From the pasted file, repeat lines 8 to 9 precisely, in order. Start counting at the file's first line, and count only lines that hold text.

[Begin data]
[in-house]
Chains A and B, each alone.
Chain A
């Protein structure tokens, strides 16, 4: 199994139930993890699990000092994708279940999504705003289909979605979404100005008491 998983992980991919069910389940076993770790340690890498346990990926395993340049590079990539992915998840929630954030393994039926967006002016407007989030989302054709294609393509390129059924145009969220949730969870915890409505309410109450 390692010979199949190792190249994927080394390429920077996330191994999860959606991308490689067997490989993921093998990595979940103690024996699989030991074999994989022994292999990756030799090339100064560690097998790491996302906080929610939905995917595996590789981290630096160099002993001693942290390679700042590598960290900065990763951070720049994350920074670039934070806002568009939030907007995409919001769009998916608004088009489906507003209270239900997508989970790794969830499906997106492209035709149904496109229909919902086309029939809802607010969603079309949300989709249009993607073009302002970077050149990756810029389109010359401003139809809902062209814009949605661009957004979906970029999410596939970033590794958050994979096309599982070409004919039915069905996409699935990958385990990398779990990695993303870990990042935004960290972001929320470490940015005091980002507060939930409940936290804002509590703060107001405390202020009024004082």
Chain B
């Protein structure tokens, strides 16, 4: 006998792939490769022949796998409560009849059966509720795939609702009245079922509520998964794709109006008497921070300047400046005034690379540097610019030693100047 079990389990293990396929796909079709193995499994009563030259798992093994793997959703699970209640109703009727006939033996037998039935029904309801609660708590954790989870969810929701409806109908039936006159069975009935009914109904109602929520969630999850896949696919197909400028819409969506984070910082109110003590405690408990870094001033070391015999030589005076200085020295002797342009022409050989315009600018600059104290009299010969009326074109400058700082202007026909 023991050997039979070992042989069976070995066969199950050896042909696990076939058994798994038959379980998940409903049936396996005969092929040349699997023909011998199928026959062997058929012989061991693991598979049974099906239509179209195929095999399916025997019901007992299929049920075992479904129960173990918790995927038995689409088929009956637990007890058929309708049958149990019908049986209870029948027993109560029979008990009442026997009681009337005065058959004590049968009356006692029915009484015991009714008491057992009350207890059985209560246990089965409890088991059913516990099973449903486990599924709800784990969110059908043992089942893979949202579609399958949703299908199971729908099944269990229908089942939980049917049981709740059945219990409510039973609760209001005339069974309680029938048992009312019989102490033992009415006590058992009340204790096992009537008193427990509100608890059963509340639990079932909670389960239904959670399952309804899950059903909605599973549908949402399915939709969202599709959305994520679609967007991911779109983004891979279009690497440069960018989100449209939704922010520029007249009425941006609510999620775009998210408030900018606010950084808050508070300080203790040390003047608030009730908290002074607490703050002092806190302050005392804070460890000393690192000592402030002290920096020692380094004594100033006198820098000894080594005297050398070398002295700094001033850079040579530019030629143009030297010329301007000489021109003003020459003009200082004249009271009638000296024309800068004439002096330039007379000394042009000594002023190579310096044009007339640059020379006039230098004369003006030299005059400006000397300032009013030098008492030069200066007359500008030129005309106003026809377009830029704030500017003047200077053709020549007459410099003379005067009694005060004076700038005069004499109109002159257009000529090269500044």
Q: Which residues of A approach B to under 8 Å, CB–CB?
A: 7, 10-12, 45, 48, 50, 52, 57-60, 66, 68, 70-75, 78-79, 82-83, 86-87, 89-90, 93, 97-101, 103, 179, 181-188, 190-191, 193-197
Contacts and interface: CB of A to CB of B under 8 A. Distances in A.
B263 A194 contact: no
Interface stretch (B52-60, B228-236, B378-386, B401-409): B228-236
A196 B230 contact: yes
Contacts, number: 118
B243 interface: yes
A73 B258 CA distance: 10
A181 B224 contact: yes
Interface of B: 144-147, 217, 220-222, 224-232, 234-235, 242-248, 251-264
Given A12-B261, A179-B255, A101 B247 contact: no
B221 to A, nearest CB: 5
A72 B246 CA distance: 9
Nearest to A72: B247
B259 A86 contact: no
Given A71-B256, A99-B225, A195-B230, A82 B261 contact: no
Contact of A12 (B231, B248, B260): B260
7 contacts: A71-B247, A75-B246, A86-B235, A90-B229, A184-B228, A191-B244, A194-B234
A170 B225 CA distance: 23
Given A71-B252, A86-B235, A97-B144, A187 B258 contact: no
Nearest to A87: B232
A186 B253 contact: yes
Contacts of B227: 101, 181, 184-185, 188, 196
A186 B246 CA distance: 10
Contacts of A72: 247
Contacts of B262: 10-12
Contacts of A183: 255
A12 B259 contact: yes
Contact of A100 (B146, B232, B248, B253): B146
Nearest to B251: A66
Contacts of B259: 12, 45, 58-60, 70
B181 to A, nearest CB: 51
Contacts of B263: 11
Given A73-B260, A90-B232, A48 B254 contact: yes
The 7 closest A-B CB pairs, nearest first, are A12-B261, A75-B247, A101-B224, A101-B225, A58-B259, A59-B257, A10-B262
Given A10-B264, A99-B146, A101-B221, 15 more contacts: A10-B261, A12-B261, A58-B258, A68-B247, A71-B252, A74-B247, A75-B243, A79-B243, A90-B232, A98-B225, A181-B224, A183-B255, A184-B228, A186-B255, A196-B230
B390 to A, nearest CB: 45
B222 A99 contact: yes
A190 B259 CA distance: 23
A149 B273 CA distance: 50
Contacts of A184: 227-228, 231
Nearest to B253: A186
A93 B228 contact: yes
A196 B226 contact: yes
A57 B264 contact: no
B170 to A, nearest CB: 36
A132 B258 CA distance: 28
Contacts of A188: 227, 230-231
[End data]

A: 7, 10-12, 45, 48, 50, 52, 57-60, 66, 68, 70-75, 78-79, 82-83, 86-87, 89-90, 93, 97-101, 103, 179, 181-188, 190-191, 193-197
Contacts and interface: CB of A to CB of B under 8 A. Distances in A.